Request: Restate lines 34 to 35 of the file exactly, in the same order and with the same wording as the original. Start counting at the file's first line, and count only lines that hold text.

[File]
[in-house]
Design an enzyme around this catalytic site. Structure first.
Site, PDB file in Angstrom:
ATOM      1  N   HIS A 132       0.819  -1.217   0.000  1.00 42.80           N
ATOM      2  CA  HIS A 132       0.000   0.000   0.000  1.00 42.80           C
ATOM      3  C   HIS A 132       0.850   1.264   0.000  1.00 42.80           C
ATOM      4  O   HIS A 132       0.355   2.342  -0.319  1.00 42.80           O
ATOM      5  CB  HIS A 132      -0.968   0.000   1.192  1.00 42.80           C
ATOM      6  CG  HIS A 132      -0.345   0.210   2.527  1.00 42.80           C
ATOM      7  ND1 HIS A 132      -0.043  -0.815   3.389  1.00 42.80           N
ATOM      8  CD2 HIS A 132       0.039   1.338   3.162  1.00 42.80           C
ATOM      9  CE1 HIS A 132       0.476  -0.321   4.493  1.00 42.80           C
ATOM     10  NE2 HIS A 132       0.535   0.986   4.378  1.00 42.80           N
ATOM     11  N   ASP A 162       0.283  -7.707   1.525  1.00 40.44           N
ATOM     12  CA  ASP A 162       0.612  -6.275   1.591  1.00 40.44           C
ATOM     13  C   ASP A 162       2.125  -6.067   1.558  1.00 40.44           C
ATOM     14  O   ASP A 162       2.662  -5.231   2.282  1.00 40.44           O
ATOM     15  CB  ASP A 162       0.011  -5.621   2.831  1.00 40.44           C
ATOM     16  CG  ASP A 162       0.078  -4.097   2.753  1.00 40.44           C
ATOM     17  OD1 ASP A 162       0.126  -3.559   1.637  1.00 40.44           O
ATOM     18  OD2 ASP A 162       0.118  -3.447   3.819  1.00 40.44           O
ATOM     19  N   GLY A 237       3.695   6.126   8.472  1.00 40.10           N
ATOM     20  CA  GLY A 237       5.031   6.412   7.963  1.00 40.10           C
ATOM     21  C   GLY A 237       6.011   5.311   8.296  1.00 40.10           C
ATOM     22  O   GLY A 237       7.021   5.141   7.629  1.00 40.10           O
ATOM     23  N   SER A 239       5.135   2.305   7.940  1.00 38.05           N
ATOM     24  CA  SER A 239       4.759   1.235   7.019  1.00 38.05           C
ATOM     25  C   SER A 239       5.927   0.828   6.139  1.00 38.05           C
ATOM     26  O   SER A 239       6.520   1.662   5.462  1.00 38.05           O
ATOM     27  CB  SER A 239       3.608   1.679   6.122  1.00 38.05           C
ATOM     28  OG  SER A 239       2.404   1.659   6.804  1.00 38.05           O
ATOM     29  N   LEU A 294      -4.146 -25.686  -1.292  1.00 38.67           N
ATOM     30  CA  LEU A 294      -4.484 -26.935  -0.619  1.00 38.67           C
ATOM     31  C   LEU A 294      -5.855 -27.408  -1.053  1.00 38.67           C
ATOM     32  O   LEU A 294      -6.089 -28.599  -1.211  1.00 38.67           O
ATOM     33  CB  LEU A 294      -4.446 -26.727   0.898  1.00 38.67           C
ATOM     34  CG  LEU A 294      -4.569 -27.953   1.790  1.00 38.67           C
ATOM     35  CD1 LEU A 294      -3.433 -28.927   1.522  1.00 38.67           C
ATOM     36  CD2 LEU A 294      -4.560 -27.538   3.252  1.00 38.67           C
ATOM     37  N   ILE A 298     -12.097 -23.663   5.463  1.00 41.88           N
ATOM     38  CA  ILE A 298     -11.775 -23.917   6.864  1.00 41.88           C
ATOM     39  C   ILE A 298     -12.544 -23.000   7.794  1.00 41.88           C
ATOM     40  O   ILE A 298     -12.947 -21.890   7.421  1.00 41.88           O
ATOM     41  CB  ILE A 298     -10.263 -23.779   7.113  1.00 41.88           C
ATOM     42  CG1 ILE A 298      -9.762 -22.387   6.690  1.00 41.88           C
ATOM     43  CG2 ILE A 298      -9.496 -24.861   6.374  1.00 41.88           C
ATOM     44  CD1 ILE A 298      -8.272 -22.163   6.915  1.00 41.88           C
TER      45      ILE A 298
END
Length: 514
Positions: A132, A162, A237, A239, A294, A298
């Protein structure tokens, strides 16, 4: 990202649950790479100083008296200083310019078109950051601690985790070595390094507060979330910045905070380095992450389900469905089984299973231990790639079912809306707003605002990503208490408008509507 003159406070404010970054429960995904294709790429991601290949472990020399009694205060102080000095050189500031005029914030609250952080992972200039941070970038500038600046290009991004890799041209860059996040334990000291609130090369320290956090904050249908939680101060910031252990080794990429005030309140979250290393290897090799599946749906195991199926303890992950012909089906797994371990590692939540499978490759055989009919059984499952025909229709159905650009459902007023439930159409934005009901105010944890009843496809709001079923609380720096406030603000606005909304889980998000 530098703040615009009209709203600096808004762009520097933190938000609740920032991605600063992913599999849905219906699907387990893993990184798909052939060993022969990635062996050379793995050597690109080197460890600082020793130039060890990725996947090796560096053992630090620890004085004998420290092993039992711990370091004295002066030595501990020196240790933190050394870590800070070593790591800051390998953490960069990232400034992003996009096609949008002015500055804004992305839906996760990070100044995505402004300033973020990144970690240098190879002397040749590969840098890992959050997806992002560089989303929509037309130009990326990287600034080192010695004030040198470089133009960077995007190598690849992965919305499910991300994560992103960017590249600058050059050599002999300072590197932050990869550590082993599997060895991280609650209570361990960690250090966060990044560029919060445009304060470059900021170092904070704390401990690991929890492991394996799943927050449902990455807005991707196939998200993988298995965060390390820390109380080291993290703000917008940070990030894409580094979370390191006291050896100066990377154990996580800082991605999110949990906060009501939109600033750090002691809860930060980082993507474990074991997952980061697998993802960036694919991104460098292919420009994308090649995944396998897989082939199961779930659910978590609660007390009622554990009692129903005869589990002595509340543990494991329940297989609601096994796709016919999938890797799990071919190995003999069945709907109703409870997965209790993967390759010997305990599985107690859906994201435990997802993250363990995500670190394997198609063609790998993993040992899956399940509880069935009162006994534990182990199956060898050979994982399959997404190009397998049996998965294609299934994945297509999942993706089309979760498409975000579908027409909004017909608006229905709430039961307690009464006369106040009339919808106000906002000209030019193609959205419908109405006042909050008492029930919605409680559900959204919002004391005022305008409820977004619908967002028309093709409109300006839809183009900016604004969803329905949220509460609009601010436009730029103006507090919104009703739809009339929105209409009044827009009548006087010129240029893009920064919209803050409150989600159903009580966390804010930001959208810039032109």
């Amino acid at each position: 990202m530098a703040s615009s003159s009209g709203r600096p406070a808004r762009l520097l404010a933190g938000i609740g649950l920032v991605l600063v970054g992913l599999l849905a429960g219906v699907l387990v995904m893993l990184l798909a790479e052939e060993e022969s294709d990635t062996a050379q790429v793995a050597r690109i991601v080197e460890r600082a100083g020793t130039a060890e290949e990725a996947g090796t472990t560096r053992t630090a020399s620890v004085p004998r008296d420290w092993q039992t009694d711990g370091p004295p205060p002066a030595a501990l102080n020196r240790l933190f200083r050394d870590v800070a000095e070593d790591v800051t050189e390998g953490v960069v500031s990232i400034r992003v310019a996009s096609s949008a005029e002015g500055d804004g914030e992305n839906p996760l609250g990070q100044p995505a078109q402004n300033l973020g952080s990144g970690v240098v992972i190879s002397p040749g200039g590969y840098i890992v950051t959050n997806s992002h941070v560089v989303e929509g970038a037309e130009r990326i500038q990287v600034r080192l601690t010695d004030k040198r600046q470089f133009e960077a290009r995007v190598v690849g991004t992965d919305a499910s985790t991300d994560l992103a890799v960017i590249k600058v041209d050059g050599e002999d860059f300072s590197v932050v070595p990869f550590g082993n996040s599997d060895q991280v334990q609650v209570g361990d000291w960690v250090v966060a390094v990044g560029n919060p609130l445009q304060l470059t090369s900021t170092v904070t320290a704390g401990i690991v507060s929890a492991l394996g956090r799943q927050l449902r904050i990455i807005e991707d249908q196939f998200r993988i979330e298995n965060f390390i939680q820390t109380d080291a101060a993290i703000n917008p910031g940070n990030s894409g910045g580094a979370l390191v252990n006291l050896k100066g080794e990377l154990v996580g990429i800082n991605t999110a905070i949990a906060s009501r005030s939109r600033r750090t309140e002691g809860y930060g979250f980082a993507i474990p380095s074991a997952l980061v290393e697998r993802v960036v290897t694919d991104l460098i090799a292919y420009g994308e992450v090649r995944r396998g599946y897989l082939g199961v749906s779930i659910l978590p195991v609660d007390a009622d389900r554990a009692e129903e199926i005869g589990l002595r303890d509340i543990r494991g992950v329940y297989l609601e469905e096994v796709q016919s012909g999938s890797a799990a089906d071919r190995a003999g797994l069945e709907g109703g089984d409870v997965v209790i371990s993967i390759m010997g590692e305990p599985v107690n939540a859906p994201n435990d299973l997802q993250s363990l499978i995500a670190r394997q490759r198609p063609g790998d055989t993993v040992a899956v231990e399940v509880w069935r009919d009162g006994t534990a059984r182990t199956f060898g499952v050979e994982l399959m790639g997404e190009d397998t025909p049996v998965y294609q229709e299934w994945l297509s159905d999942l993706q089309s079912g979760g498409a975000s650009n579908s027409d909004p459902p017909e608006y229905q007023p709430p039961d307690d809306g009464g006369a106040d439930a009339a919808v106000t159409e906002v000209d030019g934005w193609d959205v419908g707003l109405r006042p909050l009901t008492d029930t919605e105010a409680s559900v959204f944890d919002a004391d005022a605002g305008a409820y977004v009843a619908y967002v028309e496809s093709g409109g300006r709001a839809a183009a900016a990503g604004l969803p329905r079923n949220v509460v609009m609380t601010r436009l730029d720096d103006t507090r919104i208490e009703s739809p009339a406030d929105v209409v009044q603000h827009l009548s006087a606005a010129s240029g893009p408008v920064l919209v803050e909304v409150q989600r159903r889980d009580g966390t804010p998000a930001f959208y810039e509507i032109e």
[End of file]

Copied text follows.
ATOM     31  C   LEU A 294      -5.855 -27.408  -1.053  1.00 38.67           C
ATOM     32  O   LEU A 294      -6.089 -28.599  -1.211  1.00 38.67           O